The United States, declares economist Allison Schrager in The Atlantic, should have only two time zones. That sounds pretty radical to Americans who have been used to living in a nation with four time zones since 1883. (Actually, we have been living with more, at least since Alaska and Hawaii were admitted to the Union; and Shrager would allow Alaska and Hawaii/Aleutian Islands separate time zones.) Schrager argues that the changeover would actually be quite easy. When the U.S. goes off daylight savings time (except for Arizona and Hawaii, which don't observe it), which happens this year on Sunday, November 3, Americans in the Eastern time zone should set their clocks back one hour, as usual on these occasions (when you shift to daylight savings time, you essentially move one time zone to the east; when you go off, you shift one time zone to the west). Those on the Central and Mountain time zone shouldn't change their clocks at all, while those in the Pacific time zone should set their clocks forward (i.e., move one time zone to the east).
This would result in late dawns in the eastern United States and early dawns on the West Coast, and it would result in no place in the continental United States being more than one hour different from each other. Schrager points out that time zones were first created in 1883 for the convenience of the railroads; before that, each local community had its own time zone. But convenience changes with changes in transportation modes. In the railroad age, almost no one moved across more than one time zone line in a single day. Today, in the jet airline age (which started, let's remember, more than 50 years ago), it's routine for many people to move across three time zones in a single day. And for people to have occasion to speak with others across similar distances.
As Shrager points out, the difference in the way people actually live would be less than many people think. As I've often observed, people in the Eastern and Central time zones do things at the same time; the only difference is what it says on the clock. People arrive at work in Washington at 9:00 and Chicago at 8:00--that is, simultaneously--they have lunch at 12:30 and 11:30, the watch local newscasts at 6:00 and 5:00 and they dine at restaurants at 8:00 and 7:00.
I've found a variation on that theme in traveling to Mexico City, in the Central time zone, and Los Angeles, in the Pacific time zone, two time zones away. People in these two cities also do things simutaneously--lunch in Mexico City is at 2:00 and in Los Angeles at noon and dinner in Mexico City is at 10:00 and Los Angeles at 8:00. Meanwhile, Texas, also in the Central time, seems to work and dine in pretty much its own times, not simultaneously with either the East or West Coasts, just as it has its own separate electric grid.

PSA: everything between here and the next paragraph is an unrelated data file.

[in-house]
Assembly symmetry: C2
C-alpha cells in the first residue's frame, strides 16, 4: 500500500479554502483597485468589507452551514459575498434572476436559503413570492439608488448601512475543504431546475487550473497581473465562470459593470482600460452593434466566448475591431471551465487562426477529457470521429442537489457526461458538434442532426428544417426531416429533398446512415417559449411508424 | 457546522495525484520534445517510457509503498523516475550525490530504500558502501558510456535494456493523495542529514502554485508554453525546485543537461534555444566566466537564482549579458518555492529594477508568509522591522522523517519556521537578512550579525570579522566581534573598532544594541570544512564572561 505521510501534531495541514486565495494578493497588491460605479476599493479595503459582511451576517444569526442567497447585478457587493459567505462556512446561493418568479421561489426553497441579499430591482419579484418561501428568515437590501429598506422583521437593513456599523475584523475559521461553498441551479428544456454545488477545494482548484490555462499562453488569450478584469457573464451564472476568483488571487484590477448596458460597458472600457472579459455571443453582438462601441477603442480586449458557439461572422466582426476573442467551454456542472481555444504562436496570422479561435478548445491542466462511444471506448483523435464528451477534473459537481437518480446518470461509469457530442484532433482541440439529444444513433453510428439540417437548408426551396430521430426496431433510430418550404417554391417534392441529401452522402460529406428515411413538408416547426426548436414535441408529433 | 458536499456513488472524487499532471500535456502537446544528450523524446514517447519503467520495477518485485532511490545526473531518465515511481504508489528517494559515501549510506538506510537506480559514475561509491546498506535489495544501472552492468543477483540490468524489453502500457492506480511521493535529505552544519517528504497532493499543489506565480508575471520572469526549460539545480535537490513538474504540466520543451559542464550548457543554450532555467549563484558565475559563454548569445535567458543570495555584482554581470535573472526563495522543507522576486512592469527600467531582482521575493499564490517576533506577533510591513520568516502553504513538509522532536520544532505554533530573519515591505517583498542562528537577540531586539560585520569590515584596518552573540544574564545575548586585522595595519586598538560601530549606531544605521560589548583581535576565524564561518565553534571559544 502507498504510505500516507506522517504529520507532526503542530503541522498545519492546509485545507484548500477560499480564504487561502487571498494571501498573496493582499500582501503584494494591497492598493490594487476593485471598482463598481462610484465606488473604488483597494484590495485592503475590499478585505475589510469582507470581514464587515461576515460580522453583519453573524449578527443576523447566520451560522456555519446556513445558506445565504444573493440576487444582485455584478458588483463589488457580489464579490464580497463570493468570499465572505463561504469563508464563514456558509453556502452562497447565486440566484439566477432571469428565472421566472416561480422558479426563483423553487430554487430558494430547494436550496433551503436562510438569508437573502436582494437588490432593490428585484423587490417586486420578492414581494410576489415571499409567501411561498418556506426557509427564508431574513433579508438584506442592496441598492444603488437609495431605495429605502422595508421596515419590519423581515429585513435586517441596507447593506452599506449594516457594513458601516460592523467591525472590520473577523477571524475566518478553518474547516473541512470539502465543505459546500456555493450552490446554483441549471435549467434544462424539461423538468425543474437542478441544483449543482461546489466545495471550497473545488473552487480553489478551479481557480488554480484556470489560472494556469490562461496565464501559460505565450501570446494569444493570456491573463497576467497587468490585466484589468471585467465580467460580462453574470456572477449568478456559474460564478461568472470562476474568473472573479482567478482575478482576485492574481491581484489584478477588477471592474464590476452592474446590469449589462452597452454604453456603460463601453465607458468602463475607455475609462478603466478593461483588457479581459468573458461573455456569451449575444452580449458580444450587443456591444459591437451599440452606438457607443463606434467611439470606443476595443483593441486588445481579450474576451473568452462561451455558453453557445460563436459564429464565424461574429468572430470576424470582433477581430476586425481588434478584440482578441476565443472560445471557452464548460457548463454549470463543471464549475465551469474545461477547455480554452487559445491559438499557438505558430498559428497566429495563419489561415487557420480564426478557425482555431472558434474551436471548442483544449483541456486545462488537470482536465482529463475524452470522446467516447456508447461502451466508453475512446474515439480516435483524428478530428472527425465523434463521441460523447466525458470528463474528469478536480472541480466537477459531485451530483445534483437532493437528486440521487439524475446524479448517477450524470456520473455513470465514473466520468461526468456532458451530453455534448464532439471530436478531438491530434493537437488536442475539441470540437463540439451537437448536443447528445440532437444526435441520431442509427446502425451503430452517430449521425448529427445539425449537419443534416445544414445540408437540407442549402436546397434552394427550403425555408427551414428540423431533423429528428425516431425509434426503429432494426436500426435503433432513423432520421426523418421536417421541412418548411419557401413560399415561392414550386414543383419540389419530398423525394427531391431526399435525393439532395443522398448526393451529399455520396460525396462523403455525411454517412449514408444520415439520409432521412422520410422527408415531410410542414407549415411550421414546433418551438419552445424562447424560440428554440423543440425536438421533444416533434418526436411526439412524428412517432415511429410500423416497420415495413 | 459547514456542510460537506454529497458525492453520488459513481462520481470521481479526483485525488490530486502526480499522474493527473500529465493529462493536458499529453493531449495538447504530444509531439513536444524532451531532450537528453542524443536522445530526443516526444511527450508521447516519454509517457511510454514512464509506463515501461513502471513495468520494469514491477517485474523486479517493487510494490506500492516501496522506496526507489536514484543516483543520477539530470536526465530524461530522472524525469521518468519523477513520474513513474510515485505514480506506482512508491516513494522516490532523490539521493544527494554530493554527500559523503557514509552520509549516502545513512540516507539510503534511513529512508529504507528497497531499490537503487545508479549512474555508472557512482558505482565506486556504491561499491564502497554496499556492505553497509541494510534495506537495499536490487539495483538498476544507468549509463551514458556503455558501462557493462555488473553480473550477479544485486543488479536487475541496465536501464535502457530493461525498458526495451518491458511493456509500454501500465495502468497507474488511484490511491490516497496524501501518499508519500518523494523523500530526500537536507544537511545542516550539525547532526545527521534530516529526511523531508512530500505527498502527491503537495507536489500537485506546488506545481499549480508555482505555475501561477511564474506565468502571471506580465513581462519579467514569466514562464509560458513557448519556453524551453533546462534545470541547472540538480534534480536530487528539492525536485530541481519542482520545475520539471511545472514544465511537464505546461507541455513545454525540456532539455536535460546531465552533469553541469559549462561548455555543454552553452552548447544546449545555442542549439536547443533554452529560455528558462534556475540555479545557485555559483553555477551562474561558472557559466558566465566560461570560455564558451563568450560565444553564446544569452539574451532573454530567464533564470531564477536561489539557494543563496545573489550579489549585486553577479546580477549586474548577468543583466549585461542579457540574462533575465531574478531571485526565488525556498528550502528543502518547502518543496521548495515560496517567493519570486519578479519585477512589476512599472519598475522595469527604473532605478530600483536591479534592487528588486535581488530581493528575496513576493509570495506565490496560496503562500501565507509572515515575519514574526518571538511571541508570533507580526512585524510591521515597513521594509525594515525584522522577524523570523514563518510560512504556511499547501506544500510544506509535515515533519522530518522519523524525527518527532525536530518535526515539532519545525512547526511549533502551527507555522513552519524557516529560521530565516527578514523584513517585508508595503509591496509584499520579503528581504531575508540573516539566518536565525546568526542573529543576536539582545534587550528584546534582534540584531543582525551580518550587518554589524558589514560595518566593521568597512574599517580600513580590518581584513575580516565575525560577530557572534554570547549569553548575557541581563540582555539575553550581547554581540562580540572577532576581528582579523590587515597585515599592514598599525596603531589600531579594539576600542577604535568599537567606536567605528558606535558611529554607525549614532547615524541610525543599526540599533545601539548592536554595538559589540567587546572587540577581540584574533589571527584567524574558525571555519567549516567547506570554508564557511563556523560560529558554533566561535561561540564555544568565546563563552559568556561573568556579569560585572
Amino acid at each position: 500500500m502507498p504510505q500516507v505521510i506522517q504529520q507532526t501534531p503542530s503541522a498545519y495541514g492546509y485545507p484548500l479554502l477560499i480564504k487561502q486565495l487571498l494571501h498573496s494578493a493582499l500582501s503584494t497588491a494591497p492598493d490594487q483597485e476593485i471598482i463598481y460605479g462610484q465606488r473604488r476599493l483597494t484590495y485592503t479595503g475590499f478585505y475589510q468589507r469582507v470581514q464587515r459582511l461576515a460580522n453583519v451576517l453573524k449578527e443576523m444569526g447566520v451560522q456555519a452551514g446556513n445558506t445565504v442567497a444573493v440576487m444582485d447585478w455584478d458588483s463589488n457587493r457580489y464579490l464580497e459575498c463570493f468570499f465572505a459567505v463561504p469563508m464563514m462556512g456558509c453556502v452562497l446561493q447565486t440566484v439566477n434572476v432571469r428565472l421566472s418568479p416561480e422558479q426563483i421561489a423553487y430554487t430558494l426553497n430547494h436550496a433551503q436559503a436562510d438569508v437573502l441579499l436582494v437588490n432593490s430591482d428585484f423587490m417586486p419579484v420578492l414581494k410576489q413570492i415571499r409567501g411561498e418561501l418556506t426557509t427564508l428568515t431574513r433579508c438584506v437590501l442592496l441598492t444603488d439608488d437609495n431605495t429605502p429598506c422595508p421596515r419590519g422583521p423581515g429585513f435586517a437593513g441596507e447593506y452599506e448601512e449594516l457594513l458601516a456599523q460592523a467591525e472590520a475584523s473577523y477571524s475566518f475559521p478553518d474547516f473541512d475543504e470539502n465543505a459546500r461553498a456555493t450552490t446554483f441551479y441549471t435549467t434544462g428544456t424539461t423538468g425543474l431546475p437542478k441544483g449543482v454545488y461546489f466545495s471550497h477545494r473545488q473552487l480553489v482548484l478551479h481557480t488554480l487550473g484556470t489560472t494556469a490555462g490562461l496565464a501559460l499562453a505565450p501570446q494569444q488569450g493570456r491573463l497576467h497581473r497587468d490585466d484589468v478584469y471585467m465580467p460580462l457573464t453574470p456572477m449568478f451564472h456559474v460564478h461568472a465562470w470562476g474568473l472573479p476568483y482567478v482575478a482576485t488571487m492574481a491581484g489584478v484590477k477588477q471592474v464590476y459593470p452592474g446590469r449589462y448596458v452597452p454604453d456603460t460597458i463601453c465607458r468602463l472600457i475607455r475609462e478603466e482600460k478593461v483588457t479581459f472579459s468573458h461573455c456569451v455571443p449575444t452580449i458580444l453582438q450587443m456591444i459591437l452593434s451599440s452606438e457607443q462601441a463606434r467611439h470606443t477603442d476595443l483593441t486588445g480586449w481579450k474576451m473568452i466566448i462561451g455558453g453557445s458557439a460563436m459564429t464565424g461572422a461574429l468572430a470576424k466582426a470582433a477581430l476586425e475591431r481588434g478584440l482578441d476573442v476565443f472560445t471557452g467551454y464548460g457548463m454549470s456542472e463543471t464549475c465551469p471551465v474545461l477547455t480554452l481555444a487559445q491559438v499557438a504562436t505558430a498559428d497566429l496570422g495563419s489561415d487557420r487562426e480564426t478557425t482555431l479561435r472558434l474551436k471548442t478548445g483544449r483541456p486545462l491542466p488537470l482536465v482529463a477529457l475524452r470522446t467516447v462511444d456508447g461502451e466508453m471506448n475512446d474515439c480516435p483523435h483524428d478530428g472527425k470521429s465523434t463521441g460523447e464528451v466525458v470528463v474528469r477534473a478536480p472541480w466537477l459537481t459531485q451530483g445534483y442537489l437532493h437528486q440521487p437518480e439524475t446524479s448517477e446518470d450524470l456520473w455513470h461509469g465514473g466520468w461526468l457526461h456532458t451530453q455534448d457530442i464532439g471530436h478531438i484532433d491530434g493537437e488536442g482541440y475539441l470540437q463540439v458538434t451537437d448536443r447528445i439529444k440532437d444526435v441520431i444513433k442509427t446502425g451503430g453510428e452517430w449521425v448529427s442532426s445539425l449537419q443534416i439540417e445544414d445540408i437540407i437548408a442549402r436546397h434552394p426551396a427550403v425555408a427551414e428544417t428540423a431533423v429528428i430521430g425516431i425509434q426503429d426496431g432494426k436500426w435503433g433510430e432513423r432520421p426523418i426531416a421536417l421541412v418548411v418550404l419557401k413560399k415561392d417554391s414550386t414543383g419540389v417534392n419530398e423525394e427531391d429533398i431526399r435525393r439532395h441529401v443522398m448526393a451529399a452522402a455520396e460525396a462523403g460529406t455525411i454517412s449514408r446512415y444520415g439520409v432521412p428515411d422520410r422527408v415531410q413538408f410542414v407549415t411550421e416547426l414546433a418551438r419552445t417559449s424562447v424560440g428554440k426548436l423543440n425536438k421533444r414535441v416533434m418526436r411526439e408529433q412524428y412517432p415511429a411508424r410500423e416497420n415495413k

As sensible as Shrager's proposal is, it would be bound to meet with determined resistance, just as Indiana Governor Mitch Daniels's proposal rearranging the line between the Eastern and Central time zone within Indiana received great opposition in the years after he was first elected governor in 2004. People get used to their time, and develop an attachment to early (or late) sunrises and sunsets and the like. Shrager points out that Alaska went from four time zones to one in 1983 (with very minor exceptions); but the large majority of Alaskans live in the zone running north from Anchorage to Fairbanks, where the time didn't change much at all. The minorities elsewhere adjusted, as they are used to do in a latitude where the sunrise moves 20 minutes earlier every week from December 21 to June 21. Similarly, China declared itself one time zone in 1949, though it spans give geographical time zones. But more than 90 percent of Chinese then and now lived in the Chinese equivalent of our Eastern and Central time zones, making the adjustment to a similar time zone relatively minor--and also, if anyone has forgotten, it was a vicious dictatorship which imposed much more onerous adjustments on the people it ruled than a single time zone.
I could certainly live with two time zones, just one hour apart, in the continental United States, as someone who lives on the East Coast and makes multiple short trips to Central, Mountain and Pacific time zone places every year. It would be convenient also, as Schrager notes, for West Coast financial traders who start work at 5:00am. Presumably these are two significant demographics in the Atlantic's readerships, though as Schrager concedes, "not all Californians work on East Coast time." That's a pretty grand concession; I'm guessing that "not all" equals about 99.9 percent of the state's working population.
But the Atlantic's demographics do not encompass all of America, and as convenient as having two time zones would be for some of us, and as logical as the case for this reform is, I feel sure that resistance will heavily outweigh support. We will continue in many cases to act as if we had only two time zones (eating simultaneously in New York and Chicago) but will resist like the dickens erasing those only-somewhat-adjusted-since-1883 time zone lines on the map. Time has an emotional, even spiritual, as well as a rational component.